So now that you have ingrained those movements and they are becoming second nature to you (by the way, it will never actually be perfect), you are ready to bring those movements (your swing) to the course. But guess what, during your round of golf, you need to play and adapt to the swing you have during that round because you will not be able to change your swing during a single round, unless you are a tour player and have an absolute understanding of your swing and simple cues to fix a minor issue during a round.
Basically this means that you need to trust in the swing you developed and do your best not to think of the technical aspects of your swing during each actual swing. During your round, the time when you need to think about technical parts of your swing is during the practice swing and the rest of your pre-shot routine.
Should I Have a Golf Swing Thought During a Round?
Absolutely! Although I might be confusing you right now, a swing thought is good because it can be a tool to quiet the mind, and eventually it will be an automatic “go” signal for your body to execute your swing without excess thought. It can be difficult to fully quiet the mind, and when we are trying to do this (think meditation and stress reduction techniques) many techniques involve a focused thought like only focusing on your breath for instance. Implementing a narrow focus quiets the rest of your mind and takes away other, possibly detrimental, negative thoughts (ie. “don’t hit it in the water”).
So how do we apply this theory to a swing thought (notice that “thought” is singular, not plural)? Well, we do it by implementing a swing thought that is as simple as possible, and like I said, ideally only one thought is present. I cannot tell you what that swing thought should be, mainly because it will differ from player to player. My thought is “look at the ball”, others could be “short backswing”, “clear hips”, “swing through”, “swing hard”, etc.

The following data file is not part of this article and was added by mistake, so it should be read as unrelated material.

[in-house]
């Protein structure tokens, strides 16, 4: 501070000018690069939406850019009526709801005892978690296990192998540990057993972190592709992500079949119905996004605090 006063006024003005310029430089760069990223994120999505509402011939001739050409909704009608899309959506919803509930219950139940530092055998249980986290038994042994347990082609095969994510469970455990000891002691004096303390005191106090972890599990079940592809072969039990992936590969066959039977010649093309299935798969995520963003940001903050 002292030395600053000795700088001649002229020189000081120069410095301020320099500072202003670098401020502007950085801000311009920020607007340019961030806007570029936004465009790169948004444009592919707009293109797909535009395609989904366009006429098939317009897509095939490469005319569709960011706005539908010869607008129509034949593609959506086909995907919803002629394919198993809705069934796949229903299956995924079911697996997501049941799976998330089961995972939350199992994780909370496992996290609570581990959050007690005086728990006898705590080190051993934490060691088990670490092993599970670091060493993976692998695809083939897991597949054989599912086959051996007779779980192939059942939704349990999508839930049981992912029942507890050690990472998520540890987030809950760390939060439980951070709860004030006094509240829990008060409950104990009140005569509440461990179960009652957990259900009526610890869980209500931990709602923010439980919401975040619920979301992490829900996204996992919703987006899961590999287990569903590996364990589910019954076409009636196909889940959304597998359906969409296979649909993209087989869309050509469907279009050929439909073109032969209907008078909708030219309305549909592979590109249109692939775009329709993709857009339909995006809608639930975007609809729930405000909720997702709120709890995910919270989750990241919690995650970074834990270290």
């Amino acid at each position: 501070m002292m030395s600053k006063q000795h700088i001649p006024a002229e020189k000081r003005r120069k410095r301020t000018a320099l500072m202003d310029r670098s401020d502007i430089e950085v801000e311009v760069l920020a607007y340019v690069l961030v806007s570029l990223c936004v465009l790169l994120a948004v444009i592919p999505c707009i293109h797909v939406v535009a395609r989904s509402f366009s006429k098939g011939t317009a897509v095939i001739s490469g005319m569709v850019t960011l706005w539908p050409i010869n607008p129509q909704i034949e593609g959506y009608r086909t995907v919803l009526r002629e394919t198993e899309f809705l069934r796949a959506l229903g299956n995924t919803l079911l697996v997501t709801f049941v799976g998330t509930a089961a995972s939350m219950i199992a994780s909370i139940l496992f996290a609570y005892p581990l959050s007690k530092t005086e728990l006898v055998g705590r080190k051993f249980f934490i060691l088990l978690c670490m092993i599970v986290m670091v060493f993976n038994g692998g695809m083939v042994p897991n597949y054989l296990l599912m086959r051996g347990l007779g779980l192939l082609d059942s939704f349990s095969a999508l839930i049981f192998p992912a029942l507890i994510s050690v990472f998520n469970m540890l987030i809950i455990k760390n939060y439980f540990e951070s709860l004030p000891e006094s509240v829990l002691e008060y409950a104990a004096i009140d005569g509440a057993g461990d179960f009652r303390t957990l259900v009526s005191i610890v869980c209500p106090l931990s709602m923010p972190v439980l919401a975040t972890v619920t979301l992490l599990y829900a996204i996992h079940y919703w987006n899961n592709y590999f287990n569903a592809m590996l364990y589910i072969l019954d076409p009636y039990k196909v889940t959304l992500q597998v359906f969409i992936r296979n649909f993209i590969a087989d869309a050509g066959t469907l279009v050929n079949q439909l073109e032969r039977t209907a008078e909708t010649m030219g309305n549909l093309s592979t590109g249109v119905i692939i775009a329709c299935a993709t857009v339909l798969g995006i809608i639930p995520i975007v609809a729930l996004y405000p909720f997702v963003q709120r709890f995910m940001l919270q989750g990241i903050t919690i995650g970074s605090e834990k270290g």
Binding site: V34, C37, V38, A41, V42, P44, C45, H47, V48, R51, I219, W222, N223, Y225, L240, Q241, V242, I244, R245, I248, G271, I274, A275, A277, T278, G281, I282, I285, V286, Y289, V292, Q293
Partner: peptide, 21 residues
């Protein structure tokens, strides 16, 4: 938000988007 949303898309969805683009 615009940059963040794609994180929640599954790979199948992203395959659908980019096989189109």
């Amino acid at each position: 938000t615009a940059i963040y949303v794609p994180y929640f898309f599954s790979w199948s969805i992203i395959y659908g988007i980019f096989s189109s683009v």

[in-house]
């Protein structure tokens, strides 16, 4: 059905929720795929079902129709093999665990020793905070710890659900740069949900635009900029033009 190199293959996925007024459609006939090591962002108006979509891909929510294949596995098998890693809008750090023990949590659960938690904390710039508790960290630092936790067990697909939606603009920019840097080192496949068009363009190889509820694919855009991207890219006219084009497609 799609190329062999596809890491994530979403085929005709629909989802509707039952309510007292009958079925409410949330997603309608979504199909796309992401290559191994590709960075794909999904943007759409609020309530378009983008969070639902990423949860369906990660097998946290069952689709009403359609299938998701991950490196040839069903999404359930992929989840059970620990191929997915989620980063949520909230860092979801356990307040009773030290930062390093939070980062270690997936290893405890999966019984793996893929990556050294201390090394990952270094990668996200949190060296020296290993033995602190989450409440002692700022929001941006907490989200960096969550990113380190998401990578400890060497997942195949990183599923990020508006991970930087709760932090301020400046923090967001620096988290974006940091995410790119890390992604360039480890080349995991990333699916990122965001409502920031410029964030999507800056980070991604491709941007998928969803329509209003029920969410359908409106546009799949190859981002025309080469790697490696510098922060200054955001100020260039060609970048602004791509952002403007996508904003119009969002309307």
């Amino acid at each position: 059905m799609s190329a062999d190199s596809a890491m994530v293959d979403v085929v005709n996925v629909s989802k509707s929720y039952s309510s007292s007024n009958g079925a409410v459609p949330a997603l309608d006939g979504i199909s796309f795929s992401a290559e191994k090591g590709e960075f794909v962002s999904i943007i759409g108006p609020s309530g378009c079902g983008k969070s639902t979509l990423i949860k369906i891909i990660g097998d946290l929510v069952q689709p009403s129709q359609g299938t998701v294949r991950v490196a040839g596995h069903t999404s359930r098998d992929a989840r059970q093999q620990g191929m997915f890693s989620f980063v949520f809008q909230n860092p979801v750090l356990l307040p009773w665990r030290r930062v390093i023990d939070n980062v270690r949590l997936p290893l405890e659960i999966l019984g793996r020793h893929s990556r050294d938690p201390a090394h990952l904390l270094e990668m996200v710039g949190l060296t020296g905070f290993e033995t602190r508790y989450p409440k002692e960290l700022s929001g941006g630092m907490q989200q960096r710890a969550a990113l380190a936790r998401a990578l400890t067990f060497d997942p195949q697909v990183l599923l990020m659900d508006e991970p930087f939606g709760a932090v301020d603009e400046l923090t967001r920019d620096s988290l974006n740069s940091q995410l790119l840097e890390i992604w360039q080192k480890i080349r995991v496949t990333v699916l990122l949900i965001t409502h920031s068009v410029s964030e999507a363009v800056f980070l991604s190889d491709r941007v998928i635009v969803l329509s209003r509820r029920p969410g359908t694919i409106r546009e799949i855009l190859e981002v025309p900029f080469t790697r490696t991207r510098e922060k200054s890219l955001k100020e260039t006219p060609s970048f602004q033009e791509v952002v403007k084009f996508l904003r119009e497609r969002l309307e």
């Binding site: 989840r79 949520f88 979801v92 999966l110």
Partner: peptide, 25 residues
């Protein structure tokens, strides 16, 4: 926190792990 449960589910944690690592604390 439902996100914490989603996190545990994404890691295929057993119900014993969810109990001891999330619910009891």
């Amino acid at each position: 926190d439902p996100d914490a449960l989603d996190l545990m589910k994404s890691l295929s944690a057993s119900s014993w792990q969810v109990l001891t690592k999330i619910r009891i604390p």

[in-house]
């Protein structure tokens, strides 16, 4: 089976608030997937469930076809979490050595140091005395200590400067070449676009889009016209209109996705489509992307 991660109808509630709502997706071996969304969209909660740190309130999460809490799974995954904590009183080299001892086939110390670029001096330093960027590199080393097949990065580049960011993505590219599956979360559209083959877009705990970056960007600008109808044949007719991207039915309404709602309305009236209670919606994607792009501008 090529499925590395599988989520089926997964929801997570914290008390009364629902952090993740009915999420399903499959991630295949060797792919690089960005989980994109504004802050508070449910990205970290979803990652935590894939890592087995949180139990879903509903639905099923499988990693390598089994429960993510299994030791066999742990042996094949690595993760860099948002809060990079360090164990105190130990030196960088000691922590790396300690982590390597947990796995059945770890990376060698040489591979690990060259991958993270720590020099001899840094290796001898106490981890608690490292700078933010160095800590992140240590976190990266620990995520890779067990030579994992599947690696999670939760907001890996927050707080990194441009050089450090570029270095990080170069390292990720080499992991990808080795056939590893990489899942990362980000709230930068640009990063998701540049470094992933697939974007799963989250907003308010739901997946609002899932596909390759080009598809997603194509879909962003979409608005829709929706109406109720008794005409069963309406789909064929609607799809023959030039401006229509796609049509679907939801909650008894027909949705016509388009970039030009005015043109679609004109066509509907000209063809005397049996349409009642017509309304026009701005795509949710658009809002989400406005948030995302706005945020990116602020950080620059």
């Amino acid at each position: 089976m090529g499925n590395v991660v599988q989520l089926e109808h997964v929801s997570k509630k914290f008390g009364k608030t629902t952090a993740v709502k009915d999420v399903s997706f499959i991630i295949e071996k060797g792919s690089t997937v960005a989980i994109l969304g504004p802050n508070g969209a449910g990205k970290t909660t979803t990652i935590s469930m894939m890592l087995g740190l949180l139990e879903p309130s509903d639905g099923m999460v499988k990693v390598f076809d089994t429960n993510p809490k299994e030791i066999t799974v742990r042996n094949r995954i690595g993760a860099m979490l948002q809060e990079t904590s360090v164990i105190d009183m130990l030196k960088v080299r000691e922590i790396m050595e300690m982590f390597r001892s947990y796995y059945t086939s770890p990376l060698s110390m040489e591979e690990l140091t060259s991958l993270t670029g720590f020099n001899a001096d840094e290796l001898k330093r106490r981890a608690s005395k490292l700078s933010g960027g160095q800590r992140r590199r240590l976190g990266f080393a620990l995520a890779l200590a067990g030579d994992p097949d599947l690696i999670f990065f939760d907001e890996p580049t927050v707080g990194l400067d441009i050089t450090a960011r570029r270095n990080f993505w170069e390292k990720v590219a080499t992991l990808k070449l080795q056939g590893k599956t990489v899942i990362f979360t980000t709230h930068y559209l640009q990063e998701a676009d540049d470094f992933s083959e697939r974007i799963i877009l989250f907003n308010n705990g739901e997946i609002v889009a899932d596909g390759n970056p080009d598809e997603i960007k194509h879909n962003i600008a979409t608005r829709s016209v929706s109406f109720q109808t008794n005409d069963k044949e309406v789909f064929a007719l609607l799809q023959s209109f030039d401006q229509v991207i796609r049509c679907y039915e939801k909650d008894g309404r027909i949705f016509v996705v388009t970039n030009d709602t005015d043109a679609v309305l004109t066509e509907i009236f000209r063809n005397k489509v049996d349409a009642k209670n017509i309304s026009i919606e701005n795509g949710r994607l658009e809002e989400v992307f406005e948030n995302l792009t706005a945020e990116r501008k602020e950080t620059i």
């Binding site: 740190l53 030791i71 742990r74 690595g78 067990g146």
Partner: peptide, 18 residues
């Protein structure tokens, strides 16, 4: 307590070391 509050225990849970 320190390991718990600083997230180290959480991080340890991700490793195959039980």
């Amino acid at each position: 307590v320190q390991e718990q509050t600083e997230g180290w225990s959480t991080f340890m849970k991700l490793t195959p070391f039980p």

Implementing Your Golf Swing Thought
Using such simple thoughts during your swings in a round of golf may not work for an early beginner in the sport, but once you have developed a reasonably repeatable and effective swing for yourself, it can be quite helpful.
First off, find a thought that feels right for you and allows you to cue your swing correctly (this may simply be the opposite of your most common swing error). Second, ensure you run through your pre-shot routine, during which you should be visualizing the shot you want to hit and performing one or more slow practice swings to “feel” the proper swing. Third, take your appropriate set-up position, focus on your swing thought, and swing away!
I did do a little bit of Googling about swing thoughts, and didn’t come across a ton of information, but what I wrote above is in line with the following article:
I have a big tourney this upcoming weekend and I will for sure be implementing my single swing thought, since I have begun to drift from it since starting this amateur tour. Bloody pressure got to me, but not any longer 🙂
The Barefoot Golfer